The Boy in the Field
One September afternoon in 1999, teenagers Matthew, Zoe, and Duncan Lang are walking home from school when they discover a boy lying in a field, bloody and unconscious. Thanks to their intervention, the boy's life is saved. In the aftermath, all three siblings are irrevocably changed.
Matthew, the oldest, becomes obsessed with tracking down the assailant, secretly searching the local town with the victim's brother. Zoe wanders the streets of Oxford, looking at men, and one of them, a visiting American graduate student, returns her gaze. Duncan, the youngest, who has seldom thought about being adopted, suddenly decides he wants to find his birth mother. Overshadowing all three is the awareness that something is amiss in their parents' marriage. Over the course of the autumn, as each of the siblings confronts the complications and contradictions of their approaching adulthood, they find themselves at once drawn together and driven apart.
Written with the deceptive simplicity and power of a fable, The Boy in the Field showcases Margot Livesey's unmatched ability to "tell her tale masterfully, with intelligence, tenderness, and a shrewd understanding of all our mercurial human impulses" (Lily King, author of Writers & Lovers).
Praise for The Boy in the Field
"Exquisite... Livesey's writing is quiet, observant and beautifully efficient—there's not an extra word or scene in the entire book—and yet simultaneously so cinematic, you can hear the orchestral soundtrack as you tear through the pages." The New York Times
"Powerfully affecting." Kirkus, starred review
"Every character rings true; every observation and reaction feels real. Braiding three separate views of the same incident, Livesey weaves a masterful tapestry of emotion and action focused on the indelible impact of random events." Booklist, starred review
"A distinctive blend of literary fiction and psychological thriller.... Precise prose, cool observation, and tight pacing will keep readers turning the pages. This is a memorable twist on the coming-of-age tale." Publishers Weekly
"[A] luminous tale... Livesey's language is crystalline-clear and immersive, replete with vibrant imagery and echoes... Ultimately what keeps Livesey's novel aloft is that it is full of kindnesses." Daneet Steffens for The Boston Globe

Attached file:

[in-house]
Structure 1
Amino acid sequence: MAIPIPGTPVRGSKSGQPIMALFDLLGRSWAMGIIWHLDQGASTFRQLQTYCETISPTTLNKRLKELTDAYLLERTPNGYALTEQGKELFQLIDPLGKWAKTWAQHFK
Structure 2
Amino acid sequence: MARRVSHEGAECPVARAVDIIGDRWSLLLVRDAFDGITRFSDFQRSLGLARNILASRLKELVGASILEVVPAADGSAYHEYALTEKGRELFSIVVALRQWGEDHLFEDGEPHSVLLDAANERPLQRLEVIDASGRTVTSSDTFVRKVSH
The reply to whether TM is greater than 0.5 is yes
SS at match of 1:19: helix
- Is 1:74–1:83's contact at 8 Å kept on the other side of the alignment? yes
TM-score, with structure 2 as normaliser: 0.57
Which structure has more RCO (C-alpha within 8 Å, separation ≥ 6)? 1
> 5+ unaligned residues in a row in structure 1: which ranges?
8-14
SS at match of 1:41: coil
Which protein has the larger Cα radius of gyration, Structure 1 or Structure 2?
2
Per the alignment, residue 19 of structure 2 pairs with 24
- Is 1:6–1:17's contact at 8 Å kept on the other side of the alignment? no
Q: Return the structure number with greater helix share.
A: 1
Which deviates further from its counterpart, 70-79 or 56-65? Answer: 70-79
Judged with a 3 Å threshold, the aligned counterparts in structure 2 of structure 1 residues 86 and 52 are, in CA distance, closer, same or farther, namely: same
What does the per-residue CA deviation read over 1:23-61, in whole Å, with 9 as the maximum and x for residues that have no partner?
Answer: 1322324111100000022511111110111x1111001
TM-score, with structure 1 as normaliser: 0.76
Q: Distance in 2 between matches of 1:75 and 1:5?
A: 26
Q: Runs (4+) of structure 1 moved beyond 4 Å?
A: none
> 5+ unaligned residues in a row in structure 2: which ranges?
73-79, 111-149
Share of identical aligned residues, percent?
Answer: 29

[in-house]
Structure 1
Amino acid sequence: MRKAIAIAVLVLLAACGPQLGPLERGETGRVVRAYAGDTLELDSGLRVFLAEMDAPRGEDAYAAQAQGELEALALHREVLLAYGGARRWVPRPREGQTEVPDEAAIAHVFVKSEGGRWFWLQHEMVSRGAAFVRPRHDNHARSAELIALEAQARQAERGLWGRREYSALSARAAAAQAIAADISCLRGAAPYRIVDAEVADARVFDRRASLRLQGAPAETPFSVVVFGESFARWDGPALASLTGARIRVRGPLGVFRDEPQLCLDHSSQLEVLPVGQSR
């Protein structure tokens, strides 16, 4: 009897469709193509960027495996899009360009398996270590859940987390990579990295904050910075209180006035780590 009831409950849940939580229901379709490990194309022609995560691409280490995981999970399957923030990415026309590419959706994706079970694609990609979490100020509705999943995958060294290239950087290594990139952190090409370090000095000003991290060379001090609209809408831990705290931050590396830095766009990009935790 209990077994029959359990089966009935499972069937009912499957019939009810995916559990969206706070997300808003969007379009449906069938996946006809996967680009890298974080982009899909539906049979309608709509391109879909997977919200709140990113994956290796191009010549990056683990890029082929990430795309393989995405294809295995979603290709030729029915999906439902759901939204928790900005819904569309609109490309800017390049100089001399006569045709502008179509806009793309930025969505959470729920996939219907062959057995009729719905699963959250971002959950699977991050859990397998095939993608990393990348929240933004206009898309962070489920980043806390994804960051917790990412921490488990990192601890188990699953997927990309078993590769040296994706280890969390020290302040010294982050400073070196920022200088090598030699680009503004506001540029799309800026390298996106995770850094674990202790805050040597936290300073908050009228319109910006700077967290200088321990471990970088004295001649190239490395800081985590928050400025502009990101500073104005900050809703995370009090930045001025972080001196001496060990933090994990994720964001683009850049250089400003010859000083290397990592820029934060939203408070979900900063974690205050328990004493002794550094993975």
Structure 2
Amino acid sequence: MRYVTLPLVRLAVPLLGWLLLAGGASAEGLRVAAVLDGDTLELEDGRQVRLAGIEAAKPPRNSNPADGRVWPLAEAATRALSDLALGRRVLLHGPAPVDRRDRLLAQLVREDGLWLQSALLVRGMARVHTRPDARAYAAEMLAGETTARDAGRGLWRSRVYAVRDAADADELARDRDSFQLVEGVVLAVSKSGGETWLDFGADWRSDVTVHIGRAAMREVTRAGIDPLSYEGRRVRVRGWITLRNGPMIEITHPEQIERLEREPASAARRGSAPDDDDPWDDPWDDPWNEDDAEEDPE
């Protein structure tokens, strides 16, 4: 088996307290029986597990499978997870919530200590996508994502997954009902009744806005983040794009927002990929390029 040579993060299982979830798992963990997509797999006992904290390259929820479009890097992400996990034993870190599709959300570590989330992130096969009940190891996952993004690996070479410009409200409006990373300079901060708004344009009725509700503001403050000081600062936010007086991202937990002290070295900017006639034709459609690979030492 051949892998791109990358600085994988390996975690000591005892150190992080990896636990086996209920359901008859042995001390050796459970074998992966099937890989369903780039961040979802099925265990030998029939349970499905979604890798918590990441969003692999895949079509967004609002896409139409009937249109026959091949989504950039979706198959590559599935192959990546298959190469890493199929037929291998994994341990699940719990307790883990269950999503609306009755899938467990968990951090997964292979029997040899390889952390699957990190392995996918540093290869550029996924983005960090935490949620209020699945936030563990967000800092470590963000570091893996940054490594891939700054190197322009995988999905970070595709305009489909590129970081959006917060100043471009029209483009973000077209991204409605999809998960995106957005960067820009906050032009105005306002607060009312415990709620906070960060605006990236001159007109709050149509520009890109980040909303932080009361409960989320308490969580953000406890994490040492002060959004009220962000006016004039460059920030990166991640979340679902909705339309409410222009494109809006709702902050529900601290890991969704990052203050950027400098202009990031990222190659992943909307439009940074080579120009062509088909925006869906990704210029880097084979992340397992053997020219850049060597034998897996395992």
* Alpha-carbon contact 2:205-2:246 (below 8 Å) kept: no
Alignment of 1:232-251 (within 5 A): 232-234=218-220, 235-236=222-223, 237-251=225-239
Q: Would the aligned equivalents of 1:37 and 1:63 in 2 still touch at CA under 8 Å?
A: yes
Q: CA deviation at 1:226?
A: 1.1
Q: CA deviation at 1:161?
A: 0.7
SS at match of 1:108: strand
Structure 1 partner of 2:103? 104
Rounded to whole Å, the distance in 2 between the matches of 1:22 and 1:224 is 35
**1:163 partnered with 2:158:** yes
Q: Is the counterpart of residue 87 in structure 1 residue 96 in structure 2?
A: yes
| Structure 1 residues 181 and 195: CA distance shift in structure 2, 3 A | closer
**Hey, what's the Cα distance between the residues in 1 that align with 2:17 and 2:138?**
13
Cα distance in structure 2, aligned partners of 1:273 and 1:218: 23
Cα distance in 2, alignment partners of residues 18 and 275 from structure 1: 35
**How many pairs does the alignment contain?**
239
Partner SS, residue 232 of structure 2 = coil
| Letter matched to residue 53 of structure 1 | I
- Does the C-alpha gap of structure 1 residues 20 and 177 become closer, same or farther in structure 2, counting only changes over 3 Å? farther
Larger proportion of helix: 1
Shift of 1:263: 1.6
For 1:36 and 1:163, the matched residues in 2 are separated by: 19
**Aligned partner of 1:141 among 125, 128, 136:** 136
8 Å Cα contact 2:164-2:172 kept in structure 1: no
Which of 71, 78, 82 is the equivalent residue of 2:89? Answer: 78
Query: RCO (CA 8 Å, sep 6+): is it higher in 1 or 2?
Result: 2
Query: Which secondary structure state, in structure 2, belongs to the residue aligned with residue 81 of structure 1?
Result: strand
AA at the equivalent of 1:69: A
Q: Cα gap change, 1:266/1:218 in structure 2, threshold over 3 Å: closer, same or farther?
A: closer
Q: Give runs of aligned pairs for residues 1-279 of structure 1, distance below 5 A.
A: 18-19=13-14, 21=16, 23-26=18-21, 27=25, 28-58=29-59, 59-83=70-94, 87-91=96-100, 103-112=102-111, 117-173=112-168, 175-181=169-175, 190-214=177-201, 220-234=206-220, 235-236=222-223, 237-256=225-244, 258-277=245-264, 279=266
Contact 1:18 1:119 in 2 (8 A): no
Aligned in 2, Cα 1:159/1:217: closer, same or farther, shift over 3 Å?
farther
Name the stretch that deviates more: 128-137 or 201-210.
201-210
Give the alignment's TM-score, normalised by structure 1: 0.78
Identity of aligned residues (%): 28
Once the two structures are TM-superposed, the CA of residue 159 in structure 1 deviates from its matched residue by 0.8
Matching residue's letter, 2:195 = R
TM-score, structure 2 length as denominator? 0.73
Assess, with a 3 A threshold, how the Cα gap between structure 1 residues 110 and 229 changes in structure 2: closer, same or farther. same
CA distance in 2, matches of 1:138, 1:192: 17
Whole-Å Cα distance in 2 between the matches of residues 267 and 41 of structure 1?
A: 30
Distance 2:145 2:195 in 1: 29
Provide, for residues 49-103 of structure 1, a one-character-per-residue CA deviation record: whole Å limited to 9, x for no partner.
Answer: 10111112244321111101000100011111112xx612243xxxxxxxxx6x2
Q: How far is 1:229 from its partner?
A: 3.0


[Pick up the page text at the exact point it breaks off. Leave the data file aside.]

"[A] stunning novel of tenderness, interconnectedness, cause and effect... The Boy in the Field is a coming-of-age story, a mystery, a sharp-eyed examination of individual lives and relationships. Despite the violent crime related to its title and the insecurities that arise for various characters along the way, this brilliant novel offers a sense of beauty and safety in its quiet ruminations." Shelf Awareness
"Written in elegant, spare prose, this story flies swiftly forward from the transfixing opening pages. A charming, complicated family dynamic, a twist of eerie magic." Tessa Hadley, author of The Master Bedroom
"I loved every single sentence of The Boy in the Field. This novel is so intricately woven, its world so vibrantly built, its characters so beautifully and empathically wrought. To experience the world as rendered by Margot Livesey is a singular, extraordinary delight." Claire Lombardo, author of The Most Fun We Ever Had
"How lucky the world is that Margot Livesey has turned her usual keen and sympathetic writer’s eye to the Lang children as they struggle to make sense of a terrible crime and the sensitive, mysterious young victim who suffers in the aftermath. From its taut and frightening opening chapter to its final, mournful pages, The Boy in the Field is a tender, deeply humane exploration of family, philosophy, and what it means to grow up, to keep secrets, to care for one another, and most importantly, what it means to hold another’s heart in yours, always, with tenderness and mercy." Elizabeth Wetmore, author of Valentine
"Margot Livesey has the unique ability to find the hidden darkness beneath the surface of our lives, no matter how deeply buried. A deceptively simple story that explores the aftermath of a moment of violence, The Boy in the Field amazed me with its insight, and the subtlety of Livesey's beautiful, almost dreamlike prose. She speaks of a sensation—"quick as a mousetrap, sharp as a thorn"—and I can't think of a better description of her work. Quick and sharp." Kevin Wilson, author of Nothing to See Here